Gráfica de Acción Histórica
1 mes : De Ene 2019 a Feb 2019
By Aisha Al-Muslim
Procter & Gamble Co. reported strong quarterly sales growth, continuing a streak of robust gains and prompting the consumer-products giant to raise its outlook for the year even as one of its closest rivals reported weaker results.
P&G, whose brands include Tide detergent and Pampers diapers, was one of several U.S. giants this week to report higher profits to finish 2018. Many corporations benefited from a healthy U.S. economy and lower tax rates last year, which offset concerns about trade tensions with China and, more recently, the partial U.S. federal government shutdown.
Tech giant International Business Machines Corp. and conglomerate United Technologies Corp., which makes Otis elevators and Pratt & Whitney jet engines, pointed to healthy spending by their business customers. Shares of all three companies rallied Wednesday on their latest results.
Executives at United Technologies said they had seen no impact on their business from the U.S. government shutdown, and they continue to forecast strong economic growth in the U.S. and China. "The U.S. again really, really pretty good outlook for this year off the back of some strong orders that we saw in 2018," said CEO Greg Hayes on a conference call Wednesday.
For P&G, the gains came from household spending on its big brands. The maker of Tide detergent and Gillette razors said organic sales, a closely watched metric that strips out currency moves, acquisitions and divestitures, rose 4% in the fiscal second quarter. Organic sales were boosted by 1% due to higher pricing.
Beauty products fueled the gains, with organic sales rising 8%, but the company reported growth across a number of categories. Only the Gillette razor business posted a decline in organic sales in the latest quarter.
Rival Kimberly-Clark Corp., which makes Huggies diapers and Kleenex tissues, reported falling profits in the same quarter as it was squeezed by rising commodity costs and currency swings. The smaller company said organic sales rose 3% from a year before.
Despite a robust U.S. economy and strong consumer spending, the companies have encountered increased competition, a consumer shift toward smaller brands, and higher costs of raw materials and transportation.
After trying to combat weak demand by lowering prices, P&G changed course late last year, saying it would increase prices in late 2018 and early 2019 for several products, including its Pampers, Bounty, Charmin and Puffs brands. Kimberly-Clark and other consumer-goods makers have followed P&G's lead on raising prices.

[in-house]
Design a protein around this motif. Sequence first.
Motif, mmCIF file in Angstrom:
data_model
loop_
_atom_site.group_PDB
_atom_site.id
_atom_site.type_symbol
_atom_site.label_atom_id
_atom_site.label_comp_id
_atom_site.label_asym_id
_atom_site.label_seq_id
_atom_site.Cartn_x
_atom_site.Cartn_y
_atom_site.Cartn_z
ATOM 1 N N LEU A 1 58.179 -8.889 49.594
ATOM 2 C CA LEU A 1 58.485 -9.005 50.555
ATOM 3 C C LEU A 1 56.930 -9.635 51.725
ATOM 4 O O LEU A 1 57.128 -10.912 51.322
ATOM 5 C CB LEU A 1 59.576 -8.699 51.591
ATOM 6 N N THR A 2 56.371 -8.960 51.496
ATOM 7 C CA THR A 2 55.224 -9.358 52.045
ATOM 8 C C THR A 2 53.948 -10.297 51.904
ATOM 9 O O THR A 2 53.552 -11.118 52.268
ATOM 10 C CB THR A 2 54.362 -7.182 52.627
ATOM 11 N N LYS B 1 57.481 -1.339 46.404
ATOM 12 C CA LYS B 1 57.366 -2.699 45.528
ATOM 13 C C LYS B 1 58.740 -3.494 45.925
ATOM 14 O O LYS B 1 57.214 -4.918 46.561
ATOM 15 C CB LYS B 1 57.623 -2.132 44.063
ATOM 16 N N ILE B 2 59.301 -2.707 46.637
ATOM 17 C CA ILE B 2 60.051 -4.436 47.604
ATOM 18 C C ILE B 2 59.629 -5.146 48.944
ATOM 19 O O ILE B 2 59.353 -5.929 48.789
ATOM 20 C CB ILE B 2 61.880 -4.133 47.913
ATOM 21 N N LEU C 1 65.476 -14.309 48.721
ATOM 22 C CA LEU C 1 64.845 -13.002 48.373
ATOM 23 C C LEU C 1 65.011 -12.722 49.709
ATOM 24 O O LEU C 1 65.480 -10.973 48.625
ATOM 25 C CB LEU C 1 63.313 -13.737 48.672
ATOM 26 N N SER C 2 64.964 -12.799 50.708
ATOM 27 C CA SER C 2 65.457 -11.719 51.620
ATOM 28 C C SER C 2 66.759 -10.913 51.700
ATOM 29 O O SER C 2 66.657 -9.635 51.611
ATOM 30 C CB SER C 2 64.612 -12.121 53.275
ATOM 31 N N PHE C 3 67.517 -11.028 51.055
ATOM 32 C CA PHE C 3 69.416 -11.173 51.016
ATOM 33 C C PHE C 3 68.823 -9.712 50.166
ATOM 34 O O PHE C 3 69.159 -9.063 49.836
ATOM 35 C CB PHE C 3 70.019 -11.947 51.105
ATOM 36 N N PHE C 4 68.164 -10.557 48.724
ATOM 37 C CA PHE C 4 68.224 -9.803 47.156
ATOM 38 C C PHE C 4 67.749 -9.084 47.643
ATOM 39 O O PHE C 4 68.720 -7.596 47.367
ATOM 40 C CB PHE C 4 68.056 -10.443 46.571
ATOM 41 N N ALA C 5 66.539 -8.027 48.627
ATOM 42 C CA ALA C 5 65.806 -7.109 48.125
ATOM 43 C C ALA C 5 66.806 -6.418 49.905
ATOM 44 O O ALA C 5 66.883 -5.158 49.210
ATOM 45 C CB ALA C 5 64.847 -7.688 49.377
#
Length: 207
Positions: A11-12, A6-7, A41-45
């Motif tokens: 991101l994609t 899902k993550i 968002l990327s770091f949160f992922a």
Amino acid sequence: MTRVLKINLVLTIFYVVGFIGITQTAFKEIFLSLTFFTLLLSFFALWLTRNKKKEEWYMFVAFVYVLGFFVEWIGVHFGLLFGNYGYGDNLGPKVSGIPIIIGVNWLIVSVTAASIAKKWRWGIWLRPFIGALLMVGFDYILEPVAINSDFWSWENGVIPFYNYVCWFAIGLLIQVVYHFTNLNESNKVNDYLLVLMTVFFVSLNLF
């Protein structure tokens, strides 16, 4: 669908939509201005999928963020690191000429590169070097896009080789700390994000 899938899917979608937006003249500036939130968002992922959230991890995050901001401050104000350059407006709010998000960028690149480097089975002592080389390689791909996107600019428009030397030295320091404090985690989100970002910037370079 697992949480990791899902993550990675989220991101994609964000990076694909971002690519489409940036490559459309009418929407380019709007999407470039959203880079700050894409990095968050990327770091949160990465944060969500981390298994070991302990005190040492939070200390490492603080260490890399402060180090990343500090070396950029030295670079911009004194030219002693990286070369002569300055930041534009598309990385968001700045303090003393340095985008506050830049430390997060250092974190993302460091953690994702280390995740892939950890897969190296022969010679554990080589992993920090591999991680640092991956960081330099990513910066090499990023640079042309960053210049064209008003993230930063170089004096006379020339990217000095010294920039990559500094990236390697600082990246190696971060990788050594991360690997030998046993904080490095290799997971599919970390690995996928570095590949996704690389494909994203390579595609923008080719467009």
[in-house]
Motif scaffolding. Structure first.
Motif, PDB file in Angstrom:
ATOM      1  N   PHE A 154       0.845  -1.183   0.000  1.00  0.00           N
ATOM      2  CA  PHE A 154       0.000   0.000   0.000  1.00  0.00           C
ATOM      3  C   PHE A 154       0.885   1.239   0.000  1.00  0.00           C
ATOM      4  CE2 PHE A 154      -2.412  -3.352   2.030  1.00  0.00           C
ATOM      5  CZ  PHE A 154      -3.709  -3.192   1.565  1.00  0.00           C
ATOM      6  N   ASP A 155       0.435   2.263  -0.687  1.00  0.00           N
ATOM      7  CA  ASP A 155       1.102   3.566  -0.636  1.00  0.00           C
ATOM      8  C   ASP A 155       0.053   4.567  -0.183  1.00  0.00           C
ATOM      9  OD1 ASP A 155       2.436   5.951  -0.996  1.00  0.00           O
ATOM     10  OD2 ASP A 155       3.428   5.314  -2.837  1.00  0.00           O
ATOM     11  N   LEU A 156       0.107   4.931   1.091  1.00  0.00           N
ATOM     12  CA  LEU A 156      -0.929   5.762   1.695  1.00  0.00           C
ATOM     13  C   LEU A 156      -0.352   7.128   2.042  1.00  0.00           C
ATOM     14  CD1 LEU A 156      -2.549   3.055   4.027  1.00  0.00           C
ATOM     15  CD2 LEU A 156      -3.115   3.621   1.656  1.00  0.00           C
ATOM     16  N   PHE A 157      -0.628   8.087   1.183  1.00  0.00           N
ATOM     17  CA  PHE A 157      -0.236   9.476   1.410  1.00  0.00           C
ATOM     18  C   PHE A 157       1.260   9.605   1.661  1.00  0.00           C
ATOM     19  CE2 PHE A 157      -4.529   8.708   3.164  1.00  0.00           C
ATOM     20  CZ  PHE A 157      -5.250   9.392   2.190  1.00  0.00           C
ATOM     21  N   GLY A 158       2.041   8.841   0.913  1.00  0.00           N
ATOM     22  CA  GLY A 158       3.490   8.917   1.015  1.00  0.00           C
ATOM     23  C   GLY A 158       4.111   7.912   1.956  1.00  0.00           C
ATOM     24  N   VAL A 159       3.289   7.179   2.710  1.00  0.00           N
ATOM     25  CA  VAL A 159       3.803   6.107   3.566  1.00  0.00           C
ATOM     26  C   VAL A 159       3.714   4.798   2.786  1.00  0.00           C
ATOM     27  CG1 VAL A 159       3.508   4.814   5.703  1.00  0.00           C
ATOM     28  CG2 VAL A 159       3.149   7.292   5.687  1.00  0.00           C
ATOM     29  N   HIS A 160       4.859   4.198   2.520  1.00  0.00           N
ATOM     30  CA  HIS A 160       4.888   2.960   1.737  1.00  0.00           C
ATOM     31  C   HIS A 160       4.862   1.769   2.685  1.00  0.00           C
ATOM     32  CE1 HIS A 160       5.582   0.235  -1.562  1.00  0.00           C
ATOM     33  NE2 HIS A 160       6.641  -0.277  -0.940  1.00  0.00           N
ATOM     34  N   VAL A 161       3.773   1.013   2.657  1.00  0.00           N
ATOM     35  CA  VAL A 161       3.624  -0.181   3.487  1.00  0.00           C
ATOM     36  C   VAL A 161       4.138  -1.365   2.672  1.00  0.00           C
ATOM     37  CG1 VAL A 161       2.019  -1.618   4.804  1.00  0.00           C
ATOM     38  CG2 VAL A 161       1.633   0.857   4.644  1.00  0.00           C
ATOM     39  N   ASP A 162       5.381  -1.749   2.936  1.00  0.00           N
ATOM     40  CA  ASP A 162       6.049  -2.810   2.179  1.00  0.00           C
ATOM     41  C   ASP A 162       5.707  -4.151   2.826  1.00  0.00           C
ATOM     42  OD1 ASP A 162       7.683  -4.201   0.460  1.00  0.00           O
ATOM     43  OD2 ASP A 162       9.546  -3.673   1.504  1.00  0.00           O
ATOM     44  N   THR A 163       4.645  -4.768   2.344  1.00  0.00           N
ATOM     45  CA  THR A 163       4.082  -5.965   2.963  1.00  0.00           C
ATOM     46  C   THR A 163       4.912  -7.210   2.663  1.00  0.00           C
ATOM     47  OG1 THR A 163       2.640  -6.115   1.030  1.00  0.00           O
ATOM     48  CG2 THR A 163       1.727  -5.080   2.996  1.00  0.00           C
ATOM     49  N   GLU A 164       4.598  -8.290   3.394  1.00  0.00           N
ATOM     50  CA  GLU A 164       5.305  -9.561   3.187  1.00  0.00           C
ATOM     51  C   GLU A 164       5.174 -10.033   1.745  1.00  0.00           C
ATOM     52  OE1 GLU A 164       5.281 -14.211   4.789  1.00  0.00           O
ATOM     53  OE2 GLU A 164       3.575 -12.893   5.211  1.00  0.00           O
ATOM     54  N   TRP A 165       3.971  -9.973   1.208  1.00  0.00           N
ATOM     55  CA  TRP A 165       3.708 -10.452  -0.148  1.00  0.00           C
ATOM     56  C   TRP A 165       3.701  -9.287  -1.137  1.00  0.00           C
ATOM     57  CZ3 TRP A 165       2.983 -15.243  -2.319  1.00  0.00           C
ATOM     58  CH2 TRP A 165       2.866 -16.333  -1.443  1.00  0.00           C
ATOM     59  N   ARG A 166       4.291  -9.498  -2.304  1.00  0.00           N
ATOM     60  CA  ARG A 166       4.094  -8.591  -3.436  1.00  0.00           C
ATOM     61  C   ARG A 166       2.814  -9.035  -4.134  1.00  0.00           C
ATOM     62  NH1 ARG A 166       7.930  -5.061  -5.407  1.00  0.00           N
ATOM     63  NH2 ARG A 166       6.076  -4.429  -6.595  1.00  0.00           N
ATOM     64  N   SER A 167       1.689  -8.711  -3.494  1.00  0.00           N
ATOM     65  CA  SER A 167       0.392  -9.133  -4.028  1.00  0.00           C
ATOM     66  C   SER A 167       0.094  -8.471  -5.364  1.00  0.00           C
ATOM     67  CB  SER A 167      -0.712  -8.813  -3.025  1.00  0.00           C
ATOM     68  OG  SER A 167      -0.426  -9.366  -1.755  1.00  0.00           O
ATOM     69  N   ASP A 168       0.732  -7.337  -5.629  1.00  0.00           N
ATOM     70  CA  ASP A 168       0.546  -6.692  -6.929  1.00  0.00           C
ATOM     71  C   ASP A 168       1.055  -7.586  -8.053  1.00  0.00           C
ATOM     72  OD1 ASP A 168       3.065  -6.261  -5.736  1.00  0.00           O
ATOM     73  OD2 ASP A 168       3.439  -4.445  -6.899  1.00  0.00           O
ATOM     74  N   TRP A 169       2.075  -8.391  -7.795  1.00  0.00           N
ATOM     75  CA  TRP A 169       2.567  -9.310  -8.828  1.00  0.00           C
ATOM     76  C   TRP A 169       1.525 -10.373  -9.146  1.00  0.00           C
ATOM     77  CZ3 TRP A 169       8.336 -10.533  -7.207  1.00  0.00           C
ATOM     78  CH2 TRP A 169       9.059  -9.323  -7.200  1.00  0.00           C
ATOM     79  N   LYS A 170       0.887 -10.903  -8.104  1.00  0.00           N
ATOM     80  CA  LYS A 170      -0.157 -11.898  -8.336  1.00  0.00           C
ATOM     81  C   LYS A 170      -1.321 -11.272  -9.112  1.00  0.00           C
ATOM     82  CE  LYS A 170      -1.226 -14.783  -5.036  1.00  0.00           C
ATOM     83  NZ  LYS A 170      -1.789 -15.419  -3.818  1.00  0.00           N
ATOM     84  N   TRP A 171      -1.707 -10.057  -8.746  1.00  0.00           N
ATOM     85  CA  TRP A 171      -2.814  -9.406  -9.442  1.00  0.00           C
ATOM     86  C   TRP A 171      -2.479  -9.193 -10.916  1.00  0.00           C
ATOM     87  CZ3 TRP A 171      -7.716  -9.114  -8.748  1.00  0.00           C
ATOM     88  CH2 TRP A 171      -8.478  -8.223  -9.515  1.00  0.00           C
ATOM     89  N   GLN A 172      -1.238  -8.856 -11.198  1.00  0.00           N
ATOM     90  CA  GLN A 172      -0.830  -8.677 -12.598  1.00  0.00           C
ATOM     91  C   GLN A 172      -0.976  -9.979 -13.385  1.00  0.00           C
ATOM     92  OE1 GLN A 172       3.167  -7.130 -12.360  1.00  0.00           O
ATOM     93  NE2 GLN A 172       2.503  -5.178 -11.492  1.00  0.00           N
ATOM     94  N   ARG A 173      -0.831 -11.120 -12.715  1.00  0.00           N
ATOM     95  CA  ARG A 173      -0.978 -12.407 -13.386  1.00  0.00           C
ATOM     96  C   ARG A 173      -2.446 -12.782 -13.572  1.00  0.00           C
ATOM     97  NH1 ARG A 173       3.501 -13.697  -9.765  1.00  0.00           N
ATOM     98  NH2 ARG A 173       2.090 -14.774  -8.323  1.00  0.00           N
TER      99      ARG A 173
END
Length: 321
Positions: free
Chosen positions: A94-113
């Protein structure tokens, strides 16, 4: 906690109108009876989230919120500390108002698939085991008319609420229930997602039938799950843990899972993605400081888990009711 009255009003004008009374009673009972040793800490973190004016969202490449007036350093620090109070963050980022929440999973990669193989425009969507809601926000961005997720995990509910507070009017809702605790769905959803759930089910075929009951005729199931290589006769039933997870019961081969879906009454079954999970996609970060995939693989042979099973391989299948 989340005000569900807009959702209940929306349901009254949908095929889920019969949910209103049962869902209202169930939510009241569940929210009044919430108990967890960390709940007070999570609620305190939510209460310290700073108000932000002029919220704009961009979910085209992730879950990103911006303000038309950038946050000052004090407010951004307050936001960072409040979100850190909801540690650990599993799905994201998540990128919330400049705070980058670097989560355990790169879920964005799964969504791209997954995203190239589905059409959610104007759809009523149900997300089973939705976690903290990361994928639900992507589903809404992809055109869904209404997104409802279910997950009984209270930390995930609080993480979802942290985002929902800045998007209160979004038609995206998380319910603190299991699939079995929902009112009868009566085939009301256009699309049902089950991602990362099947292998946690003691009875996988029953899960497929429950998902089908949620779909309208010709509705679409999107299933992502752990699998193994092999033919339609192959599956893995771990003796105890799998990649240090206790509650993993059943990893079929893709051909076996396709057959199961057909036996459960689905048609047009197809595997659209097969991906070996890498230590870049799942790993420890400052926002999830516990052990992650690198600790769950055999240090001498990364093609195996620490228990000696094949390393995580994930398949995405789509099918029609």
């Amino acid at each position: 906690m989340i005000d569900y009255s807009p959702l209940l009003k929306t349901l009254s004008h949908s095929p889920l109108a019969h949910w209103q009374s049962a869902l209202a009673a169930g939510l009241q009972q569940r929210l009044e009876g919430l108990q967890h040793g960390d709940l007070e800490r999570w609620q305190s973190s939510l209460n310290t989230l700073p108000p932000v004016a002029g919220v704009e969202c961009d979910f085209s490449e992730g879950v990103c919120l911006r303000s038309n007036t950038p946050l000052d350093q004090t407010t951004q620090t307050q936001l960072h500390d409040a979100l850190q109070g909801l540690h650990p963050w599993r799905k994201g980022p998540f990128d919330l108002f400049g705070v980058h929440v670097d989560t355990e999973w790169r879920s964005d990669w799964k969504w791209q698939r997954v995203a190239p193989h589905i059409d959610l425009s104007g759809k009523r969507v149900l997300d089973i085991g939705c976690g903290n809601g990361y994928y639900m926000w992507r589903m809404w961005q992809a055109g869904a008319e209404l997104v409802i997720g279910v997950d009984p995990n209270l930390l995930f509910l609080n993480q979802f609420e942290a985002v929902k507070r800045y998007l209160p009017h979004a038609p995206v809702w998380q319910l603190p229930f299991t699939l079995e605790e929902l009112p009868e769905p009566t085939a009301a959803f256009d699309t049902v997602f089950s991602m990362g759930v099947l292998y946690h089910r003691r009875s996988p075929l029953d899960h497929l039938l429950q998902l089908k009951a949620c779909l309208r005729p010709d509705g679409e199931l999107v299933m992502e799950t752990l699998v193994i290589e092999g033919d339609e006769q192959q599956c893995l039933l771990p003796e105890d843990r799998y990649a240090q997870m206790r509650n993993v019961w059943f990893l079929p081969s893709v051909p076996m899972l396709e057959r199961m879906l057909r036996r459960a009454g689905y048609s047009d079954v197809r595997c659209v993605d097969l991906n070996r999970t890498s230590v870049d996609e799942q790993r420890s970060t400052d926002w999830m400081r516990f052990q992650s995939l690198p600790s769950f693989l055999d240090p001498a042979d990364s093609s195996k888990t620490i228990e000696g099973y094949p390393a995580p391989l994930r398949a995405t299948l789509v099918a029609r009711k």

So far, price increases on various products have been announced but not fully implemented, P&G's finance chief, Jon Moeller, said in conference call with reporters. Most of the increases will take effect in the fiscal third quarter and in the fourth quarter, he said during a call with analysts.
"As commodity prices and foreign exchange rates move, we will take pricing," Mr. Moeller said during the call with analysts. He added, higher pricing "will increase volume uncertainty and volatility."
The organic growth in P&G's fiscal second quarter matched the first quarter, which was the best growth rate in several years. For a long stretch, P&G's quarterly organic sales had generally risen 2% or less -- lackluster growth that attracted a proxy fight from activist investor Trian Fund Management, whose co-founder Nelson Peltz now holds a seat on the P&G board.
While sales rose for Tide and Pampers, organic sales fell 3% in the grooming business, which includes the Gillette brand. The established brand has faced competition from upstarts and has resorted to lowering prices to maintain its leading market share.
Last week, Gillette released a campaign invoking the #MeToo movement. The nearly two-minute ad posted online after the second quarter ended. The ad received mixed reactions from customers.
In the conference call with reporters, Mr. Moeller described the grooming business as a "long-purchase cycle business" with some people going as much as a year without buying shaving products. However, he said, Gillette continues to grow sales and users.
Overall, P&G said profit rose 28% to $3.19 billion in the second quarter, which ended Dec. 31. Net sales were $17.44 billion, unchanged from the previous year, but unfavorable foreign-exchange fluctuations hurt sales by 4%.
P&G increased the high end of its full-year forecast for organic sales to rise 2% to 4%, compared with its prior estimates of 2% to 3%.
Meanwhile, Kimberly-Clark reported quarterly earnings of $411 million, down 33% from a year earlier. Total sales fell 1% to $4.57 billion, hurt by currency swings.
For 2019, Kimberly-Clark predicted organic sales should increase 2%. However, given planned price increases and fewer promotions, the company expects volumes to suffer, particularly with consumer tissue products, executives said during a conference call.
In October, Kimberly-Clark said it was switching chief executives in the midst of a restructuring program intended to boost profits as the company struggled with weak sales.
Michael Hsu, the former president and chief operating officer who became chief executive earlier this month, said Wednesday the company expects 2019 to be challenging but "somewhat better than in 2018."
--Thomas Gryta contributed to this article.
Write to Aisha Al-Muslim at firstname.lastname@example.org
(END) Dow Jones Newswires
January 23, 2019 13:02 ET (18:02 GMT)
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